MATTOON — Jim Ashworth drove a semi truck for 69 years, and it was all he had ever known as a steady job, until his retirement.
The 86-year-old Mattoon native said that since he was a little boy all he could remember was being interested in trucks and getting his chauffeur license at the age of 16 was the gateway to his career as a semitruck driver.
Once Jim received his chauffeur license, he drove a semitruck in the Army at the age of 18, and by the age of 19, he owned his first semitruck once he was out of the Army.
Having his very own semitruck opened up a variety of different driving jobs for Jim, who retired in January from driving a semitruck at Rural King in Mattoon.
“Driving a truck was a way to make a living, but it was also something I enjoyed very much,” Jim said.
Since he first started driving a truck and until his retirement, Jim said the industry changed drastically.
“When I first started out, I had a two-ton tracker and a 22-foot trailer, and I drove from Mattoon to Chicago,” Jim said. “Driving a truck now has changed for the better.”
Jim said when he first received a job driving a semitruck he was earning $2.50 an hour.
Retiring was something Jim said he didn’t want to do but was forced to do due to health related issues, like losing sight in his left eye and trouble breathing.
“I would have liked to drive a semitruck my whole life because it has been in my blood for as long as I can remember,” Jim said.
The original plan for Jim was to retire at the age of 65, but he said that Rural King needed his help so what was only supposed to be a short time out from his retirement turned into 20 more years of driving.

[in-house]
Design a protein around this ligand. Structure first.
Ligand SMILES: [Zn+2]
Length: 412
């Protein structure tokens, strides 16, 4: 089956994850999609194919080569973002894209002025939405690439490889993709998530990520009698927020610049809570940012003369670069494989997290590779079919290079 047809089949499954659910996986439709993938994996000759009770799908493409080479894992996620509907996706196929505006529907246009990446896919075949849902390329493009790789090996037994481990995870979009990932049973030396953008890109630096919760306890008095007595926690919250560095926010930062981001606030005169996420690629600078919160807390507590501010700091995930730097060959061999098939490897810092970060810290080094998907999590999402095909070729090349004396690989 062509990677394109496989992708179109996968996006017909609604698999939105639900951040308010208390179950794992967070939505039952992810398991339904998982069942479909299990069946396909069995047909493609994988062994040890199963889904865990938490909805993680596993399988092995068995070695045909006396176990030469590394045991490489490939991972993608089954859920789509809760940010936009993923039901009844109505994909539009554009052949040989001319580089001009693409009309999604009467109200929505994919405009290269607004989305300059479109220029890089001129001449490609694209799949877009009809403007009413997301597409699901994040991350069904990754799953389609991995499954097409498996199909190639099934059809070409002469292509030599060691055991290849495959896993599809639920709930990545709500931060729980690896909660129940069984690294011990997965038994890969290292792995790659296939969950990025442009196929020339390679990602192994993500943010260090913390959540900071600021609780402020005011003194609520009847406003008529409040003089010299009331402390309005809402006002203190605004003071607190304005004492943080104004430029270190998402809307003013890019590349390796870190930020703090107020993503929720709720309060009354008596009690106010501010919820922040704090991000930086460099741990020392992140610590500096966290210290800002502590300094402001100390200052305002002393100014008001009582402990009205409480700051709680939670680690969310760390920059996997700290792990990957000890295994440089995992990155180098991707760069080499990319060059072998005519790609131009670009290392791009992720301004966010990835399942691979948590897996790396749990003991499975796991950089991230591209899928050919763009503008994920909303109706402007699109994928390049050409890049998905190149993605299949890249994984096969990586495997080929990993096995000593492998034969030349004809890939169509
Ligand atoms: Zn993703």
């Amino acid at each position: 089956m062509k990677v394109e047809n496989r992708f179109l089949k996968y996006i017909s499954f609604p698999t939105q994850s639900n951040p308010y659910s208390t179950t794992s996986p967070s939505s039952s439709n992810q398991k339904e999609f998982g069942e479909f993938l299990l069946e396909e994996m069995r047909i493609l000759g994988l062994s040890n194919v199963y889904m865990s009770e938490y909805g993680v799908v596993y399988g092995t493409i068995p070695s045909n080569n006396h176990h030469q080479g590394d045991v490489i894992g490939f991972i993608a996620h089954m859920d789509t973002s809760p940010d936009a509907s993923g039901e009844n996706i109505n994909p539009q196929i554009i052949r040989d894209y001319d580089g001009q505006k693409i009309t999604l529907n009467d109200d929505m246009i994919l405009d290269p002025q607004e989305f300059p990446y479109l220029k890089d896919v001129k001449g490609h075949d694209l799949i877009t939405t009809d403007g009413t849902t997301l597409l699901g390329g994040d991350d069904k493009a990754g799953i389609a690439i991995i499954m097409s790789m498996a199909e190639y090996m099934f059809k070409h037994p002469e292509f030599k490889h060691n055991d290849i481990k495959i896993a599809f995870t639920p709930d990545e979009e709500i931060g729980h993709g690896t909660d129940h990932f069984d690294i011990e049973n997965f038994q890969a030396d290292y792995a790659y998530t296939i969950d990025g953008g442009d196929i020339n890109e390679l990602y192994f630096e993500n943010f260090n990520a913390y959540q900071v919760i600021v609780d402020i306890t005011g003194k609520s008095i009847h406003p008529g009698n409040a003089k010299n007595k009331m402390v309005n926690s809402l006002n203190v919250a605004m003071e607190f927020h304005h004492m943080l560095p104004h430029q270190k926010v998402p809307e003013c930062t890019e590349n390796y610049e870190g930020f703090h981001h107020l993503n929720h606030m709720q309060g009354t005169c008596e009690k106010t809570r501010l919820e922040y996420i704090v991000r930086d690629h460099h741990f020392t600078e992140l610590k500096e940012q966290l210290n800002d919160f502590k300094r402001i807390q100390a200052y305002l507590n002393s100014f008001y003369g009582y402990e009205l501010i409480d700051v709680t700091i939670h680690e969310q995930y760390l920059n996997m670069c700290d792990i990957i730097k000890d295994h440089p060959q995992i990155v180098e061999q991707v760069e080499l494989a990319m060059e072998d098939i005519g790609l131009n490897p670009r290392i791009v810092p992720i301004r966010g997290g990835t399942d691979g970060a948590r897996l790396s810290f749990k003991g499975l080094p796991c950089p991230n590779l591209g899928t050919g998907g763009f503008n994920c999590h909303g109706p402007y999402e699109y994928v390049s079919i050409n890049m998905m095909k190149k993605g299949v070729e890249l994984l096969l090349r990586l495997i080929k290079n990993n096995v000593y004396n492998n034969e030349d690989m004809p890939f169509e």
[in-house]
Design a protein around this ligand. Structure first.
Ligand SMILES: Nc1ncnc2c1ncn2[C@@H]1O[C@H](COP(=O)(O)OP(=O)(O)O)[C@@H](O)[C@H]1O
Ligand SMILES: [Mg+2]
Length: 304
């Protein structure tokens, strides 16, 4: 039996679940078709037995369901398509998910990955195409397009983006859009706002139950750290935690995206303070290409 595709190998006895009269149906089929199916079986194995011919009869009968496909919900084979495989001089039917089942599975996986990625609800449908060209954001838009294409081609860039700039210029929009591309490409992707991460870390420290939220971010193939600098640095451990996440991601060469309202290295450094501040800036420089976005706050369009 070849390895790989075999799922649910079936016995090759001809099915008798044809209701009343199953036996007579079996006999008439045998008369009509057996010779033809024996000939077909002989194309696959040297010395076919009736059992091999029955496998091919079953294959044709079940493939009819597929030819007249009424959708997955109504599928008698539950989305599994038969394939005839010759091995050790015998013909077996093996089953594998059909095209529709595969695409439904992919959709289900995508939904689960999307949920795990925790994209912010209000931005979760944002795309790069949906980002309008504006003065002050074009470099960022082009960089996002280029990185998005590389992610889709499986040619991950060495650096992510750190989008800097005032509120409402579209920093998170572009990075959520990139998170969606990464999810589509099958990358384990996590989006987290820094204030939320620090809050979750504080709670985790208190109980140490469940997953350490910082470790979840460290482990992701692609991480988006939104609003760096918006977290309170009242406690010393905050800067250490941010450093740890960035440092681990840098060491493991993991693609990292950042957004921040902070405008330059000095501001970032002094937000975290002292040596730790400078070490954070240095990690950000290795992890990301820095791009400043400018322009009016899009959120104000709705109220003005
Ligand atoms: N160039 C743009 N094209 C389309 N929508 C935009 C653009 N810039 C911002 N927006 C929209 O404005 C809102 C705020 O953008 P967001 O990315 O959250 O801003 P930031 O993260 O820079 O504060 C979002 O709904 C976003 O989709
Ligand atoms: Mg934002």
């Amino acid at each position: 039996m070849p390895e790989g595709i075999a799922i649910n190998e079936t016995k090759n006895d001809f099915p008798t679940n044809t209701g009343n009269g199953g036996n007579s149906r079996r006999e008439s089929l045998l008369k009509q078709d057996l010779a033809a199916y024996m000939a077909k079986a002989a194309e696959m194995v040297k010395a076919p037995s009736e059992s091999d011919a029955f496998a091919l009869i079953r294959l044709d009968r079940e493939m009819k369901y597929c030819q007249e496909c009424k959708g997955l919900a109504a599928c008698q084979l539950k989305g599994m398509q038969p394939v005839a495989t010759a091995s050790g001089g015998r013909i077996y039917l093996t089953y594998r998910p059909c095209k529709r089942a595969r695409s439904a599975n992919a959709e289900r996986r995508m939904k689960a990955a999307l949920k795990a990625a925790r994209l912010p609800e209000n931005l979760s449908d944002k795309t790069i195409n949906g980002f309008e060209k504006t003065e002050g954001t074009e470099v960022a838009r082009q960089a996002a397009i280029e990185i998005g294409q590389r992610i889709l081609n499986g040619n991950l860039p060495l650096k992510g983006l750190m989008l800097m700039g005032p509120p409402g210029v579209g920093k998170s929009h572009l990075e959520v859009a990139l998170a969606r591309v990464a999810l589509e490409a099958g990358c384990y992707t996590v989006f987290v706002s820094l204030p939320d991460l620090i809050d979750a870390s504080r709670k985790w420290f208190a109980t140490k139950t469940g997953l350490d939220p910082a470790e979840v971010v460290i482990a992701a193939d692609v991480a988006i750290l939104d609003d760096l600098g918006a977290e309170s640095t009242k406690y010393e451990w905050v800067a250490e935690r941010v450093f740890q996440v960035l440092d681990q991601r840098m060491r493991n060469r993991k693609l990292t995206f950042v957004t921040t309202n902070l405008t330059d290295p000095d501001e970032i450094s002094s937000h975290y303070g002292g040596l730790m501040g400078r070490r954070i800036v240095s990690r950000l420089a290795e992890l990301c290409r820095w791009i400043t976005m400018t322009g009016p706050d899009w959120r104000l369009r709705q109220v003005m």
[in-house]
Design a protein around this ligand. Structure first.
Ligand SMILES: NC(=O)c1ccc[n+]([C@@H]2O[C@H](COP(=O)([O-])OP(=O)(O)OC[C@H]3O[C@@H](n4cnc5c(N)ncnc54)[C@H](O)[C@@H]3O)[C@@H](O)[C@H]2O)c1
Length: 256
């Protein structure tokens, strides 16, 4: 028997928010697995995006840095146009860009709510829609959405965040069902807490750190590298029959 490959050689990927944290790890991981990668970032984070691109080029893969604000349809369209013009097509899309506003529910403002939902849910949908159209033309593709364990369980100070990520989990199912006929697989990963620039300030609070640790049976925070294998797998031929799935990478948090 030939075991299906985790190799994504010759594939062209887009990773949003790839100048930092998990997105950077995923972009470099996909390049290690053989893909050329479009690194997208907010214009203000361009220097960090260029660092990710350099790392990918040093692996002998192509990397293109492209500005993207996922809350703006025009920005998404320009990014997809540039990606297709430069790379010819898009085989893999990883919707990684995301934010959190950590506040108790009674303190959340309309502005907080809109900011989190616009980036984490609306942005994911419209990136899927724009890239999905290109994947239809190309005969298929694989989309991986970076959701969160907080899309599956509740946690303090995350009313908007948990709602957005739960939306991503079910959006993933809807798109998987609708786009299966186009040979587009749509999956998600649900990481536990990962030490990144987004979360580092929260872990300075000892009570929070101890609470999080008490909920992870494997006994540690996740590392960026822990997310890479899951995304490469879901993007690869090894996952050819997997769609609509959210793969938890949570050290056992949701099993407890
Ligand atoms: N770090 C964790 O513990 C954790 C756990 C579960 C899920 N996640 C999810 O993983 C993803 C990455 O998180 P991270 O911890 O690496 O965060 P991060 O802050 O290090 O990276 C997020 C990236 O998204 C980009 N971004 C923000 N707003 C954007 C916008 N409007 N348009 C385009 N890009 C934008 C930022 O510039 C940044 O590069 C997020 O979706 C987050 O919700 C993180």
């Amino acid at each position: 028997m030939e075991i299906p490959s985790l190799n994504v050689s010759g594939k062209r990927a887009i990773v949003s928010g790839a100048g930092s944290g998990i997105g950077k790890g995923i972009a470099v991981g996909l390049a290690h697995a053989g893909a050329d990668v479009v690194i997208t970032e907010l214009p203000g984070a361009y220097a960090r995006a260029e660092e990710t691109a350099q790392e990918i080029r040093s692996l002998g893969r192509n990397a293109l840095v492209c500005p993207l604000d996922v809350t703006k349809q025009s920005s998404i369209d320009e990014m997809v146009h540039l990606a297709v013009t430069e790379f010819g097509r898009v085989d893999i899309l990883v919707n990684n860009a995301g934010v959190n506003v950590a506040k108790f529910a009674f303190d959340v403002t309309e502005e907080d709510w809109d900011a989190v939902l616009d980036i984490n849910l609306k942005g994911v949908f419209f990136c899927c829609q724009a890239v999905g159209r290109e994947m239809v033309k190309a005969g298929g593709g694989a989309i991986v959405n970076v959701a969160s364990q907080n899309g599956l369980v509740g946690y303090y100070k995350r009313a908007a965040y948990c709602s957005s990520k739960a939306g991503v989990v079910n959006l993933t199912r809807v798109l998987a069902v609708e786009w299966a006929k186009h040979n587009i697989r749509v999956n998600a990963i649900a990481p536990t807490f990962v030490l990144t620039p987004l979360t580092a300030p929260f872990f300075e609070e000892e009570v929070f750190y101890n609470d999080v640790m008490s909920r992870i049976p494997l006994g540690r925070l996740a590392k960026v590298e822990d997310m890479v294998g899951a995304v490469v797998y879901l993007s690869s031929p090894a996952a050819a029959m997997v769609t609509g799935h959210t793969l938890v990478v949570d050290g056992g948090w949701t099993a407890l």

“I had already retired at 65, but the manager of Rural King asked me to stay longer and then I ended up staying for 20 years,” Jim said with a laugh.
Before his retirement Jim said he had drove a little over 4 million miles in his semitruck over his 69 years of work.
Jim was the first person in his family to become a truck driver, with his only son Ron following in his footsteps.
Just like his father, Ron started driving a semitruck in the Army when he was in his early 20’s.
Ron, 63, said seeing all his father’s hard work and determination made him want to become a semitruck driver as well.
“Driving a truck is all I have ever know,” Ron said.
Once Ron got out of the Army he was a diesel mechanic and then started driving semitrucks for the same Rural King his father once worked at.
“It wasn’t until I got out of the service that I knew I wanted to be a semitruck driver,” Ron said.
For 42 years Ron has been driving semitrucks and he said he hopes to continue to do so for as long as he can.
“One day I hope to retire and travel with my wife, but for right now you work as long as you have to,” Ron said.
Contact Bilharz at email@example.com or 217-238-6839.